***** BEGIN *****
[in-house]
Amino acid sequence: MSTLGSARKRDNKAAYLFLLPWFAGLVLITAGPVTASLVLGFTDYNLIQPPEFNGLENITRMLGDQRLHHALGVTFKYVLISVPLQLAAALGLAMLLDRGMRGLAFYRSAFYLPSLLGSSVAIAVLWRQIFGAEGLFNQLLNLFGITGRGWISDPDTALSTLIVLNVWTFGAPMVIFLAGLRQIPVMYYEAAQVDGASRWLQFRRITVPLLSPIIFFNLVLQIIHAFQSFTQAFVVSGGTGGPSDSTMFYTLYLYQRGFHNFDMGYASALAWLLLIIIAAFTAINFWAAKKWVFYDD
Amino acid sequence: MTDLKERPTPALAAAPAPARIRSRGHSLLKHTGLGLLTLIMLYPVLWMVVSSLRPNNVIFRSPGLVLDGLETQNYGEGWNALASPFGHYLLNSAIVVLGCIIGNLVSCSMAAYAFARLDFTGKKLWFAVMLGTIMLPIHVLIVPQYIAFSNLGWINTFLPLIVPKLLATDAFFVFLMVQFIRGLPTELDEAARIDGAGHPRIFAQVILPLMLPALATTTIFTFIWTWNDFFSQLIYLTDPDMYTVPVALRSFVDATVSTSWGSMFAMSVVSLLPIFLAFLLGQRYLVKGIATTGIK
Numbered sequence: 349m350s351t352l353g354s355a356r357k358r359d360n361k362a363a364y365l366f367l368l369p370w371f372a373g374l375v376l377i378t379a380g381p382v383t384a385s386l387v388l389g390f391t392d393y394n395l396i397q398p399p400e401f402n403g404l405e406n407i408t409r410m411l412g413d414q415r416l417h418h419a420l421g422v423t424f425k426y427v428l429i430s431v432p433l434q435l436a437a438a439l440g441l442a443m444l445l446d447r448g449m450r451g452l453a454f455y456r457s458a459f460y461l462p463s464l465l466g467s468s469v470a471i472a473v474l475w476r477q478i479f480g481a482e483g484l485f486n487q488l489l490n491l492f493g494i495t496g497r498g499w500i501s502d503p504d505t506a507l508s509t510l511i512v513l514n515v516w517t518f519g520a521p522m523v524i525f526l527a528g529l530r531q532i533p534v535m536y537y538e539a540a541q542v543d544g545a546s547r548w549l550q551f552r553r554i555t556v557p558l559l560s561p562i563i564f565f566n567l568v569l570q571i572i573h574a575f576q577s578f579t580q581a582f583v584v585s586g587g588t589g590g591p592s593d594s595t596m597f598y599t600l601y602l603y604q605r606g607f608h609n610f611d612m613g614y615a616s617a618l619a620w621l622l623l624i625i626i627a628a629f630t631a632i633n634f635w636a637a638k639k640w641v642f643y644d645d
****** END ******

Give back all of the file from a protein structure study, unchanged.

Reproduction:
[in-house]
Amino acid sequence: MSTLGSARKRDNKAAYLFLLPWFAGLVLITAGPVTASLVLGFTDYNLIQPPEFNGLENITRMLGDQRLHHALGVTFKYVLISVPLQLAAALGLAMLLDRGMRGLAFYRSAFYLPSLLGSSVAIAVLWRQIFGAEGLFNQLLNLFGITGRGWISDPDTALSTLIVLNVWTFGAPMVIFLAGLRQIPVMYYEAAQVDGASRWLQFRRITVPLLSPIIFFNLVLQIIHAFQSFTQAFVVSGGTGGPSDSTMFYTLYLYQRGFHNFDMGYASALAWLLLIIIAAFTAINFWAAKKWVFYDD
Amino acid sequence: MTDLKERPTPALAAAPAPARIRSRGHSLLKHTGLGLLTLIMLYPVLWMVVSSLRPNNVIFRSPGLVLDGLETQNYGEGWNALASPFGHYLLNSAIVVLGCIIGNLVSCSMAAYAFARLDFTGKKLWFAVMLGTIMLPIHVLIVPQYIAFSNLGWINTFLPLIVPKLLATDAFFVFLMVQFIRGLPTELDEAARIDGAGHPRIFAQVILPLMLPALATTTIFTFIWTWNDFFSQLIYLTDPDMYTVPVALRSFVDATVSTSWGSMFAMSVVSLLPIFLAFLLGQRYLVKGIATTGIK
Numbered sequence: 349m350s351t352l353g354s355a356r357k358r359d360n361k362a363a364y365l366f367l368l369p370w371f372a373g374l375v376l377i378t379a380g381p382v383t384a385s386l387v388l389g390f391t392d393y394n395l396i397q398p399p400e401f402n403g404l405e406n407i408t409r410m411l412g413d414q415r416l417h418h419a420l421g422v423t424f425k426y427v428l429i430s431v432p433l434q435l436a437a438a439l440g441l442a443m444l445l446d447r448g449m450r451g452l453a454f455y456r457s458a459f460y461l462p463s464l465l466g467s468s469v470a471i472a473v474l475w476r477q478i479f480g481a482e483g484l485f486n487q488l489l490n491l492f493g494i495t496g497r498g499w500i501s502d503p504d505t506a507l508s509t510l511i512v513l514n515v516w517t518f519g520a521p522m523v524i525f526l527a528g529l530r531q532i533p534v535m536y537y538e539a540a541q542v543d544g545a546s547r548w549l550q551f552r553r554i555t556v557p558l559l560s561p562i563i564f565f566n567l568v569l570q571i572i573h574a575f576q577s578f579t580q581a582f583v584v585s586g587g588t589g590g591p592s593d594s595t596m597f598y599t600l601y602l603y604q605r606g607f608h609n610f611d612m613g614y615a616s617a618l619a620w621l622l623l624i625i626i627a628a629f630t631a632i633n634f635w636a637a638k639k640w641v642f643y644d645d